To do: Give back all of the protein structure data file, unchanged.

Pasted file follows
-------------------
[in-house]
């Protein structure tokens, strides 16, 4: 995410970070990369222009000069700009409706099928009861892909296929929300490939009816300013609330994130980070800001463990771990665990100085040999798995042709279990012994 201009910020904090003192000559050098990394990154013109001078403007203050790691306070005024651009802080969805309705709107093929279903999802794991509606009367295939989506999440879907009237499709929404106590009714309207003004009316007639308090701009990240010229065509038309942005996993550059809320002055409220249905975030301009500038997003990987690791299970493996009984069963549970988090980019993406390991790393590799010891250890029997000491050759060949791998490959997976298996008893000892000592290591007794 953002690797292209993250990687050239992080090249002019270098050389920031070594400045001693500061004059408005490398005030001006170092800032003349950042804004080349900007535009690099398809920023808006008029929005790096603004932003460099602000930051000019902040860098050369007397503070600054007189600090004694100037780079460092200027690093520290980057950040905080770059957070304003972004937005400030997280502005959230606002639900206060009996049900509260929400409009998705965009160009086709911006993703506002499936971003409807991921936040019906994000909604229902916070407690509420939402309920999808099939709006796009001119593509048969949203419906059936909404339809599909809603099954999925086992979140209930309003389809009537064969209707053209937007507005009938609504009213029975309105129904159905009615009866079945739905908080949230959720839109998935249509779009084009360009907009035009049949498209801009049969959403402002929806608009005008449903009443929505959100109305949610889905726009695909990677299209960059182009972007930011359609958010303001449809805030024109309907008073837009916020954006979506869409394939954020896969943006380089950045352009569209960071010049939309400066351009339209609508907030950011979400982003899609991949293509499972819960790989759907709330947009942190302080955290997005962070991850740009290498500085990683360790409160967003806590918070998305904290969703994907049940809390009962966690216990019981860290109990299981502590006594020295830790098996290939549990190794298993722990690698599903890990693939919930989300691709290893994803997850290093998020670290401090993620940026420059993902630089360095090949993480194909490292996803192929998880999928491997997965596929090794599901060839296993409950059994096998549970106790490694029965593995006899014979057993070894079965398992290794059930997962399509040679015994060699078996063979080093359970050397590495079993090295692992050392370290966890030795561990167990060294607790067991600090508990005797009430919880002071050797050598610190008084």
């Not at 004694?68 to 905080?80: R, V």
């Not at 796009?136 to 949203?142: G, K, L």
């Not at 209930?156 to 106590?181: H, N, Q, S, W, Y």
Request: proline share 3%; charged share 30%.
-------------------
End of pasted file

[in-house]
């Protein structure tokens, strides 16, 4: 995410970070990369222009000069700009409706099928009861892909296929929300490939009816300013609330994130980070800001463990771990665990100085040999798995042709279990012994 201009910020904090003192000559050098990394990154013109001078403007203050790691306070005024651009802080969805309705709107093929279903999802794991509606009367295939989506999440879907009237499709929404106590009714309207003004009316007639308090701009990240010229065509038309942005996993550059809320002055409220249905975030301009500038997003990987690791299970493996009984069963549970988090980019993406390991790393590799010891250890029997000491050759060949791998490959997976298996008893000892000592290591007794 953002690797292209993250990687050239992080090249002019270098050389920031070594400045001693500061004059408005490398005030001006170092800032003349950042804004080349900007535009690099398809920023808006008029929005790096603004932003460099602000930051000019902040860098050369007397503070600054007189600090004694100037780079460092200027690093520290980057950040905080770059957070304003972004937005400030997280502005959230606002639900206060009996049900509260929400409009998705965009160009086709911006993703506002499936971003409807991921936040019906994000909604229902916070407690509420939402309920999808099939709006796009001119593509048969949203419906059936909404339809599909809603099954999925086992979140209930309003389809009537064969209707053209937007507005009938609504009213029975309105129904159905009615009866079945739905908080949230959720839109998935249509779009084009360009907009035009049949498209801009049969959403402002929806608009005008449903009443929505959100109305949610889905726009695909990677299209960059182009972007930011359609958010303001449809805030024109309907008073837009916020954006979506869409394939954020896969943006380089950045352009569209960071010049939309400066351009339209609508907030950011979400982003899609991949293509499972819960790989759907709330947009942190302080955290997005962070991850740009290498500085990683360790409160967003806590918070998305904290969703994907049940809390009962966690216990019981860290109990299981502590006594020295830790098996290939549990190794298993722990690698599903890990693939919930989300691709290893994803997850290093998020670290401090993620940026420059993902630089360095090949993480194909490292996803192929998880999928491997997965596929090794599901060839296993409950059994096998549970106790490694029965593995006899014979057993070894079965398992290794059930997962399509040679015994060699078996063979080093359970050397590495079993090295692992050392370290966890030795561990167990060294607790067991600090508990005797009430919880002071050797050598610190008084």
């Not at 004694?68 to 905080?80: R, V």
């Not at 796009?136 to 949203?142: G, K, L």
């Not at 209930?156 to 106590?181: H, N, Q, S, W, Y």
Request: proline share 3%; charged share 30%.